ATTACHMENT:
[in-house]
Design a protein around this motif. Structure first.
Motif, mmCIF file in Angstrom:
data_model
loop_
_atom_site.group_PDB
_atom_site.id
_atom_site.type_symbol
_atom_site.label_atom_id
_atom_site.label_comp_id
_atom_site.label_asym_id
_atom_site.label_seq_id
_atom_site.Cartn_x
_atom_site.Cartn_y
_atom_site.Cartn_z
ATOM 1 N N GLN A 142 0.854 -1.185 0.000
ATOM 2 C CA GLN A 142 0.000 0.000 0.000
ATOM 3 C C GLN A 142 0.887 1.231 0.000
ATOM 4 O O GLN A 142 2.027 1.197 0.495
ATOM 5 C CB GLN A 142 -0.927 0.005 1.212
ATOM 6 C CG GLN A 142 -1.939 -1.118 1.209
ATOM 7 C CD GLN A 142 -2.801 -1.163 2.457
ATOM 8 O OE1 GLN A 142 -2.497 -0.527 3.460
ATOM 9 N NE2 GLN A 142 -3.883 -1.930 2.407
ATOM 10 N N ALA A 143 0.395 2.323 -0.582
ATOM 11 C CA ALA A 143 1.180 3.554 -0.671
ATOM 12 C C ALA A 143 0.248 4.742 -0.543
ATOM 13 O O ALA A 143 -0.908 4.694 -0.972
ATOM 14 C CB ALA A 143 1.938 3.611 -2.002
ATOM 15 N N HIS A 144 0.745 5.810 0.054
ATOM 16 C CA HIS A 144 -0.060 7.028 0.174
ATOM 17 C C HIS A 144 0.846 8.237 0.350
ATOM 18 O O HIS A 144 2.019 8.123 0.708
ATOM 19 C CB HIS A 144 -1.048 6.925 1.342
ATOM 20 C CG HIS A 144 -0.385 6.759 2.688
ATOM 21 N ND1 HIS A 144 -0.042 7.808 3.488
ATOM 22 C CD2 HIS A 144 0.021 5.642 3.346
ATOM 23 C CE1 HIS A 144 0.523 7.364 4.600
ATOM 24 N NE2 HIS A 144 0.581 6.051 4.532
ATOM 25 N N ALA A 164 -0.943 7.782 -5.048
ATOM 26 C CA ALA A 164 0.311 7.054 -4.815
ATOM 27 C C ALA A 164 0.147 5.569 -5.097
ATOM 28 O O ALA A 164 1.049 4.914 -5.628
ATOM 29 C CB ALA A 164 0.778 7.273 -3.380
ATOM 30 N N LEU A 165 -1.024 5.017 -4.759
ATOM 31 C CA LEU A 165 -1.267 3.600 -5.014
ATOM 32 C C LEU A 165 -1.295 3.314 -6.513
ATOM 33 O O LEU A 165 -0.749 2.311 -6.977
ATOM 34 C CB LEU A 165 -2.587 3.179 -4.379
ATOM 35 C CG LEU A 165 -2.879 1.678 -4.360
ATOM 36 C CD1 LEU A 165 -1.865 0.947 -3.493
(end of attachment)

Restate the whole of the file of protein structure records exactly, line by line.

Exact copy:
[in-house]
Design a protein around this motif. Structure first.
Motif, mmCIF file in Angstrom:
data_model
loop_
_atom_site.group_PDB
_atom_site.id
_atom_site.type_symbol
_atom_site.label_atom_id
_atom_site.label_comp_id
_atom_site.label_asym_id
_atom_site.label_seq_id
_atom_site.Cartn_x
_atom_site.Cartn_y
_atom_site.Cartn_z
ATOM 1 N N GLN A 142 0.854 -1.185 0.000
ATOM 2 C CA GLN A 142 0.000 0.000 0.000
ATOM 3 C C GLN A 142 0.887 1.231 0.000
ATOM 4 O O GLN A 142 2.027 1.197 0.495
ATOM 5 C CB GLN A 142 -0.927 0.005 1.212
ATOM 6 C CG GLN A 142 -1.939 -1.118 1.209
ATOM 7 C CD GLN A 142 -2.801 -1.163 2.457
ATOM 8 O OE1 GLN A 142 -2.497 -0.527 3.460
ATOM 9 N NE2 GLN A 142 -3.883 -1.930 2.407
ATOM 10 N N ALA A 143 0.395 2.323 -0.582
ATOM 11 C CA ALA A 143 1.180 3.554 -0.671
ATOM 12 C C ALA A 143 0.248 4.742 -0.543
ATOM 13 O O ALA A 143 -0.908 4.694 -0.972
ATOM 14 C CB ALA A 143 1.938 3.611 -2.002
ATOM 15 N N HIS A 144 0.745 5.810 0.054
ATOM 16 C CA HIS A 144 -0.060 7.028 0.174
ATOM 17 C C HIS A 144 0.846 8.237 0.350
ATOM 18 O O HIS A 144 2.019 8.123 0.708
ATOM 19 C CB HIS A 144 -1.048 6.925 1.342
ATOM 20 C CG HIS A 144 -0.385 6.759 2.688
ATOM 21 N ND1 HIS A 144 -0.042 7.808 3.488
ATOM 22 C CD2 HIS A 144 0.021 5.642 3.346
ATOM 23 C CE1 HIS A 144 0.523 7.364 4.600
ATOM 24 N NE2 HIS A 144 0.581 6.051 4.532
ATOM 25 N N ALA A 164 -0.943 7.782 -5.048
ATOM 26 C CA ALA A 164 0.311 7.054 -4.815
ATOM 27 C C ALA A 164 0.147 5.569 -5.097
ATOM 28 O O ALA A 164 1.049 4.914 -5.628
ATOM 29 C CB ALA A 164 0.778 7.273 -3.380
ATOM 30 N N LEU A 165 -1.024 5.017 -4.759
ATOM 31 C CA LEU A 165 -1.267 3.600 -5.014
ATOM 32 C C LEU A 165 -1.295 3.314 -6.513
ATOM 33 O O LEU A 165 -0.749 2.311 -6.977
ATOM 34 C CB LEU A 165 -2.587 3.179 -4.379
ATOM 35 C CG LEU A 165 -2.879 1.678 -4.360
ATOM 36 C CD1 LEU A 165 -1.865 0.947 -3.493